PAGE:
The South Orange Village Board of Trustees met on August 12 at the South Orange Performing Arts Center on August 12 to discuss, among other issues, consolidating its fire department with that of Maplewood in an effort to save money for taxpayers in both municipalities. The trustees were set to consider a resolution affirming the establishment with Maplewood of a joint meeting to effect the merger of their fire departments so as to give both towns equal say in managing the merged department. This aroused a great deal of concern and opposition to the staffing levels from the many firemen, from South Orange and Maplewood as well as other municipalities, who attended.
At issue were the clauses in the resolution that stated in the shared-service arrangement with Maplewood would have a single fire department with seventy uniformed fire personnel , one fire chief, and each tour, or shift, having seventeen personnel assigned with a minimum of fourteen on-duty, with current minimum staffing levels unchanged in both departments. Several firefighters, after going over the arrangement, said the report on consolidation did not take recommendations from the rank-and-file into account. John Jennings, president of the Local 40 union, noted that South Orange had gone from ten-man crews to nine-man crews in 2009 after the national financial crisis and has since been reduced to eight. Jennings said that firefighters have gotten fatigued by working extra shifts under these circumstances, and that a staffing of 70 firefighters was too small.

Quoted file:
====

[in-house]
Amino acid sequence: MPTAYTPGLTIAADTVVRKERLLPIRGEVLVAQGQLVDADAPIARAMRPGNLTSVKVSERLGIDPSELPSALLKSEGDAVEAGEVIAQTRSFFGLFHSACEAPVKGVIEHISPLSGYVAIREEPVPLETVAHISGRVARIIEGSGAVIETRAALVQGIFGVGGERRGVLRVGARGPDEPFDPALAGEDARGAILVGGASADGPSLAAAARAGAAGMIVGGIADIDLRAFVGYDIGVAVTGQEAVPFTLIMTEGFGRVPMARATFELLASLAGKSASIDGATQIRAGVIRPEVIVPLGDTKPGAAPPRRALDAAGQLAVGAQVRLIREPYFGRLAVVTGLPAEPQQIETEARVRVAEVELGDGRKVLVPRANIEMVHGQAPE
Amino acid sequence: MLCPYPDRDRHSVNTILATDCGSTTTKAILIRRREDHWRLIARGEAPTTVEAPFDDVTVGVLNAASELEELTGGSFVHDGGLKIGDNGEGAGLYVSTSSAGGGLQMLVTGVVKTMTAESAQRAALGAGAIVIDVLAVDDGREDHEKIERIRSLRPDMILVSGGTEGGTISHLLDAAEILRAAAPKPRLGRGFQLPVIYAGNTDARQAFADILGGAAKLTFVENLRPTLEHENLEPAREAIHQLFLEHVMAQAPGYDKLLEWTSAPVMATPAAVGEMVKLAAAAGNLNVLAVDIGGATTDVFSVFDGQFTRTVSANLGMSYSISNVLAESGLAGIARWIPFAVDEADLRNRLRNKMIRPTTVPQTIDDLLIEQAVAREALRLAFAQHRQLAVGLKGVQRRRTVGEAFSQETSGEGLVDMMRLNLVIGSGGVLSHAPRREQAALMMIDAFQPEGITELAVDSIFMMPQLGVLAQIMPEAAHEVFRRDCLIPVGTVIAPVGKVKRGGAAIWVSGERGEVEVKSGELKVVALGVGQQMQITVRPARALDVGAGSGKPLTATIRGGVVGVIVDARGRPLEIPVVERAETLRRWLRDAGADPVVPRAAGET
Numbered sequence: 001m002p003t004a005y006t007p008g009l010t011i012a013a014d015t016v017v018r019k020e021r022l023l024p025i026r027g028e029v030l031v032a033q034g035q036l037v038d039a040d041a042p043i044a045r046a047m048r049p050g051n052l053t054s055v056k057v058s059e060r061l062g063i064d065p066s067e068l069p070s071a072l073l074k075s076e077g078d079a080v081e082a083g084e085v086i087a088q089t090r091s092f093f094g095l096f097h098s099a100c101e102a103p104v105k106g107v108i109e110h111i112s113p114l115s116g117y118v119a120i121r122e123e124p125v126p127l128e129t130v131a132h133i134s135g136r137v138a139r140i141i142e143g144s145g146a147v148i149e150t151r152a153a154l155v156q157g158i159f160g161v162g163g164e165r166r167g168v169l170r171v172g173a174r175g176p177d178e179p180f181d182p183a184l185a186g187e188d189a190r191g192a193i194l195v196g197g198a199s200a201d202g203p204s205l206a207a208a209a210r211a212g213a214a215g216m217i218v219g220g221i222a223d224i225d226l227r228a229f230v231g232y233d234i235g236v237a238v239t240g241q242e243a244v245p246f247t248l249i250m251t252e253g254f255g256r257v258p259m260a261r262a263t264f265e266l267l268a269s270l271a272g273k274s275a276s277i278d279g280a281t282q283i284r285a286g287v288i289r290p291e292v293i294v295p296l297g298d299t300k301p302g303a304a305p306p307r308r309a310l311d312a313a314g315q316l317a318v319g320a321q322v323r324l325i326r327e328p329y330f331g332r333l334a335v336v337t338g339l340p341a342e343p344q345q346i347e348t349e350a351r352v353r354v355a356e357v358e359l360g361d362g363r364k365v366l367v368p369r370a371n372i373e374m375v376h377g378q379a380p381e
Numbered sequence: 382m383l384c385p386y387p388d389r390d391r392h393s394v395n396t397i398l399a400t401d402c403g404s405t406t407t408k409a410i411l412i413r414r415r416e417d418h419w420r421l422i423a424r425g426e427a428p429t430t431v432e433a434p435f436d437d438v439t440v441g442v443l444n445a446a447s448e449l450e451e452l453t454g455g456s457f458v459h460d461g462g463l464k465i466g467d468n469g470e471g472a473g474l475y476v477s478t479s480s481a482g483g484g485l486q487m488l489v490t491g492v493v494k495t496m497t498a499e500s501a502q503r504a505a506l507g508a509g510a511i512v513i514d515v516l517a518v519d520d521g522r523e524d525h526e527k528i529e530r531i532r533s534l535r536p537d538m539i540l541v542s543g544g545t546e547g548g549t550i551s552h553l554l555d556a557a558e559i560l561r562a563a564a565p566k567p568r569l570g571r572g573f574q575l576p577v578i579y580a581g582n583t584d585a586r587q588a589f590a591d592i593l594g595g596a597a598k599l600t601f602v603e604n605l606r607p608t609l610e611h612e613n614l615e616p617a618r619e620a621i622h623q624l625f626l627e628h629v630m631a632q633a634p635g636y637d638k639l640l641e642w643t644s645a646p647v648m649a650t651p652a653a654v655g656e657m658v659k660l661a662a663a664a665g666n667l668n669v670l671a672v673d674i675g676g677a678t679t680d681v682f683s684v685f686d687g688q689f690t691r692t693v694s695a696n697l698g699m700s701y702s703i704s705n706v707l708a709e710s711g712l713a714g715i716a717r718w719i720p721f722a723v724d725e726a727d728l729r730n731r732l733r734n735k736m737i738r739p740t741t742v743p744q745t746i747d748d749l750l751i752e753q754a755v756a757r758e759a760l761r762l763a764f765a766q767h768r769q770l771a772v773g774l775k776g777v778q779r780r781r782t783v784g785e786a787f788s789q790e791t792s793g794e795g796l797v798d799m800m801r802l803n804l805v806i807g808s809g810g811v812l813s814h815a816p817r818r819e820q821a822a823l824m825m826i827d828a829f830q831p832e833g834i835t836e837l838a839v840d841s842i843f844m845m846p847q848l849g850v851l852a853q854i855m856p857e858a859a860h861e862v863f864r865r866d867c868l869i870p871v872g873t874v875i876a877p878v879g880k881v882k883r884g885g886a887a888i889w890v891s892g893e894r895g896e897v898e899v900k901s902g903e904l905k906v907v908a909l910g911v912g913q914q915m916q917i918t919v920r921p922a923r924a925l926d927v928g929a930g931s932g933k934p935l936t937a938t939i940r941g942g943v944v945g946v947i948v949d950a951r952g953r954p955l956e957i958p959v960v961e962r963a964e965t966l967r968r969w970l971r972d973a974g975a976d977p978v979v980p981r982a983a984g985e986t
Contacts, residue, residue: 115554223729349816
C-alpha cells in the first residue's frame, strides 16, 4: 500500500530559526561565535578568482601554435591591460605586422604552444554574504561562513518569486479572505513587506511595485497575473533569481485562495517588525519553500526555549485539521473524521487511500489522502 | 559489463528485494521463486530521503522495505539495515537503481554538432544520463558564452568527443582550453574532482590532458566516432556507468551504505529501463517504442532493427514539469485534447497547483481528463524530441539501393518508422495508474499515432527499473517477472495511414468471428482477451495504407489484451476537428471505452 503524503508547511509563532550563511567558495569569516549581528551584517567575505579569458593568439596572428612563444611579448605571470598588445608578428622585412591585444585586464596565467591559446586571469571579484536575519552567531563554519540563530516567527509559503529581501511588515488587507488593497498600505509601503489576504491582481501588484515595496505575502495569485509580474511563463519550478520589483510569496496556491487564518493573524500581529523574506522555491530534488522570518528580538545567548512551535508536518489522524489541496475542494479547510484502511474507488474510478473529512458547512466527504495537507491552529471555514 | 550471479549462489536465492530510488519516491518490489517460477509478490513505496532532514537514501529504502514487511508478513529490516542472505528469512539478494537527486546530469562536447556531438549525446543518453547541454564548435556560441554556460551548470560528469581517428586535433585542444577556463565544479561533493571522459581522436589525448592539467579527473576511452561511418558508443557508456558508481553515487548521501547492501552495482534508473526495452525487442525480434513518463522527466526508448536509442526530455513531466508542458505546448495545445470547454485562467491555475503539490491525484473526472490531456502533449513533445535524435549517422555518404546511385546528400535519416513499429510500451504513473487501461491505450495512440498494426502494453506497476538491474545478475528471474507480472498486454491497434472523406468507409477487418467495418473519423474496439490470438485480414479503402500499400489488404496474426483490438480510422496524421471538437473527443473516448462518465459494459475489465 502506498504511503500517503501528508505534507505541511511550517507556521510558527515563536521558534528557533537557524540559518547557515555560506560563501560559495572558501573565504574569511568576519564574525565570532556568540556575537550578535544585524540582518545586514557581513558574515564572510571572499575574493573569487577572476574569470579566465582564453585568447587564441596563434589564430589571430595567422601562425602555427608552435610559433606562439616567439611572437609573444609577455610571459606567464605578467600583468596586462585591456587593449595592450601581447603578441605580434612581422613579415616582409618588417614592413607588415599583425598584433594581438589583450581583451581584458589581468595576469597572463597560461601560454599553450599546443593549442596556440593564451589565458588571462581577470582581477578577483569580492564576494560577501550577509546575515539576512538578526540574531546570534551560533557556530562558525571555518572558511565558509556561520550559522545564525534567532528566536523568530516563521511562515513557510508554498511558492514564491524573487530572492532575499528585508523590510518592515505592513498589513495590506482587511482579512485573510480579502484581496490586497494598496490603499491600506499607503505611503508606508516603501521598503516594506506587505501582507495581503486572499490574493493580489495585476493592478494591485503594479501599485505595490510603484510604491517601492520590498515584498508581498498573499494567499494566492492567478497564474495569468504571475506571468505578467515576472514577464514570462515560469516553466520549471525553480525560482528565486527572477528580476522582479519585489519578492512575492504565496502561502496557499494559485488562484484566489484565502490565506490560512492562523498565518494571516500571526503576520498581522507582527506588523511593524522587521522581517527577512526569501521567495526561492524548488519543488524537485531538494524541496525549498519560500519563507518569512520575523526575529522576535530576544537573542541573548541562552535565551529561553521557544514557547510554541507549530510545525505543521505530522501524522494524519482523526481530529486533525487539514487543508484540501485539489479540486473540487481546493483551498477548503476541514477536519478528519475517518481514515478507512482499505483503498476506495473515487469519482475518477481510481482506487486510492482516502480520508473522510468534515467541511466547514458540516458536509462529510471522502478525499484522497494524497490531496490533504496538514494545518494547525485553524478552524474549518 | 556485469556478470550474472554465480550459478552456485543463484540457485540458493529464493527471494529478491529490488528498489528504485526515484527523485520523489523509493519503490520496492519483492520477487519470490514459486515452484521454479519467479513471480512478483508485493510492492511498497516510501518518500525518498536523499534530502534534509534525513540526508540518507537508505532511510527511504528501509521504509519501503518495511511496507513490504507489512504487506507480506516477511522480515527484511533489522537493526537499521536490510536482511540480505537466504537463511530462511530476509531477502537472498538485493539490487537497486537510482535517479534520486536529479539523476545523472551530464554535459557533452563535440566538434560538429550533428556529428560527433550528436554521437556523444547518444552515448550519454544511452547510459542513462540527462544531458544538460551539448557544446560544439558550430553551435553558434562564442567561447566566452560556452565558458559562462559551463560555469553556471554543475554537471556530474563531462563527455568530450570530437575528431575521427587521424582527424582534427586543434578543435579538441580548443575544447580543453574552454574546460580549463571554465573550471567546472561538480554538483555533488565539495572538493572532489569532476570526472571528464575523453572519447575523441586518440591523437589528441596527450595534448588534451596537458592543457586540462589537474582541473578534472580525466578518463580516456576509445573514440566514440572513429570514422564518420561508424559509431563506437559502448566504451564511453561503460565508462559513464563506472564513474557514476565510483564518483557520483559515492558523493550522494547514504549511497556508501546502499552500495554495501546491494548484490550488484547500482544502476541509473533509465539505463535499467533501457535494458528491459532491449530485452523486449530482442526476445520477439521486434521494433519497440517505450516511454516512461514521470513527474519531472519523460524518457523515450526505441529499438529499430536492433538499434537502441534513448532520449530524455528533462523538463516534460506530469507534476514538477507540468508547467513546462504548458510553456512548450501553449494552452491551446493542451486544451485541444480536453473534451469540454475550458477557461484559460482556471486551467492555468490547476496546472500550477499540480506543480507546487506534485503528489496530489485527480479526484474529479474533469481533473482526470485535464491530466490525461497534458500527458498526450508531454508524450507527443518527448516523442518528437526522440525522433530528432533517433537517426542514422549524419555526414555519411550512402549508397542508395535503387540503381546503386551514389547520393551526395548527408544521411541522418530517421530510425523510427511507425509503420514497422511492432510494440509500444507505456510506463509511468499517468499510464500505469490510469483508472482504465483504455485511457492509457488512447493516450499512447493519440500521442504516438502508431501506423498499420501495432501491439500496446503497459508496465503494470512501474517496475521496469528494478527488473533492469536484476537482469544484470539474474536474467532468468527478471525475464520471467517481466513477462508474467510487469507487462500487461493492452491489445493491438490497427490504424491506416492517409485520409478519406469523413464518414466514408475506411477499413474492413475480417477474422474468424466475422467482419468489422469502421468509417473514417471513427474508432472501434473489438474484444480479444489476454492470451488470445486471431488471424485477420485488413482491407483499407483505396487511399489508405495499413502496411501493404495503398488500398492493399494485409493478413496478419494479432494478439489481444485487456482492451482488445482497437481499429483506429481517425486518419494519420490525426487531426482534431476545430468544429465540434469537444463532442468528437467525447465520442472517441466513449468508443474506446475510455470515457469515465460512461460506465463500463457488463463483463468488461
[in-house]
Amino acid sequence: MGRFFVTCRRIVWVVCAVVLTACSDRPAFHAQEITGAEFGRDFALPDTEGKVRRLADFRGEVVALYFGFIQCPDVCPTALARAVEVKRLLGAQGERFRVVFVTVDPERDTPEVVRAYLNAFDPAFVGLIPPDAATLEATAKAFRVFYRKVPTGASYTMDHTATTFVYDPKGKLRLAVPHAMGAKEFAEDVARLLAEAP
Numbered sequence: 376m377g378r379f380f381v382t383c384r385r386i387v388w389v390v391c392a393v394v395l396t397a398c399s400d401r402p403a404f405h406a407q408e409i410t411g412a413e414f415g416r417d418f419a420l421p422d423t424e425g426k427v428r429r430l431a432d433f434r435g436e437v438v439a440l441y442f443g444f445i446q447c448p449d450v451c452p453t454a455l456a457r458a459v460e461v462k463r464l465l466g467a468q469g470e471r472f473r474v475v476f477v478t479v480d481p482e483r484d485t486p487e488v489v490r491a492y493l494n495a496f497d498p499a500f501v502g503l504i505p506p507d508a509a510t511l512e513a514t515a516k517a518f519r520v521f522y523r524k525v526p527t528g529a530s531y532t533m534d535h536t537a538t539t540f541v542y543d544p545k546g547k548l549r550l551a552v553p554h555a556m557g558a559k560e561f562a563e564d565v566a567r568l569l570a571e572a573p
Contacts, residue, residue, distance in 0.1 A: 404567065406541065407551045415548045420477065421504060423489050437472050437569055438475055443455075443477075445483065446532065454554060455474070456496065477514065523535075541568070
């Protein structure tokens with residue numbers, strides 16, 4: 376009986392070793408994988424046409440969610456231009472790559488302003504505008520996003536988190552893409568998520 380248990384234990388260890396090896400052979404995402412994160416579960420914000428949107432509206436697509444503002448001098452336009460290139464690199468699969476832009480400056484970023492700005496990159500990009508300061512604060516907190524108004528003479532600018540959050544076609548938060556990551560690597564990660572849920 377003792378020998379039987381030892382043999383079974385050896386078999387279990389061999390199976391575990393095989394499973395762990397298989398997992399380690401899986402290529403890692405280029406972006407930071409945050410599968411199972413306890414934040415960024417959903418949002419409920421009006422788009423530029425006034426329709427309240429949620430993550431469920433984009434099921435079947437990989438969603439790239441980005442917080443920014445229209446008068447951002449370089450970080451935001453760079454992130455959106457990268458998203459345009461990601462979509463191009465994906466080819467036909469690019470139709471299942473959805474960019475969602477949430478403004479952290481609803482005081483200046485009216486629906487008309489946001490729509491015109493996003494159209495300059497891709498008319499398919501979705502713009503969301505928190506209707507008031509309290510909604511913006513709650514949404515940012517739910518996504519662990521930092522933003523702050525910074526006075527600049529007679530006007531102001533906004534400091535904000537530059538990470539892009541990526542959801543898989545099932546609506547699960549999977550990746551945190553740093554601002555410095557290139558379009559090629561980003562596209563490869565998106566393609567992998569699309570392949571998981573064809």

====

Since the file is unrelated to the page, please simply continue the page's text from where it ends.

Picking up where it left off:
Firefighter Wayne Volk, Vice President of the New Jersey FMBA added that the report on consolidation left out the fact that Maplewood is also running an ambulance under a 14-man crew, which answered 57 percent of Maplewood’s emergency calls over the previous two years. Volk said that this posed a risk for fires that come in on an additional alarm under such circumstances.
“If that happens, when the fire comes in on that additional alarm, you are not going to have the proper staffing to accomplish what needs to be done,” Volk said, fearing that it would reduce the number of firefighters in the crew. He asked that personnel be brought up to the minimal number of sixteen men per crew, according to the standards of the National Fire Protection Association.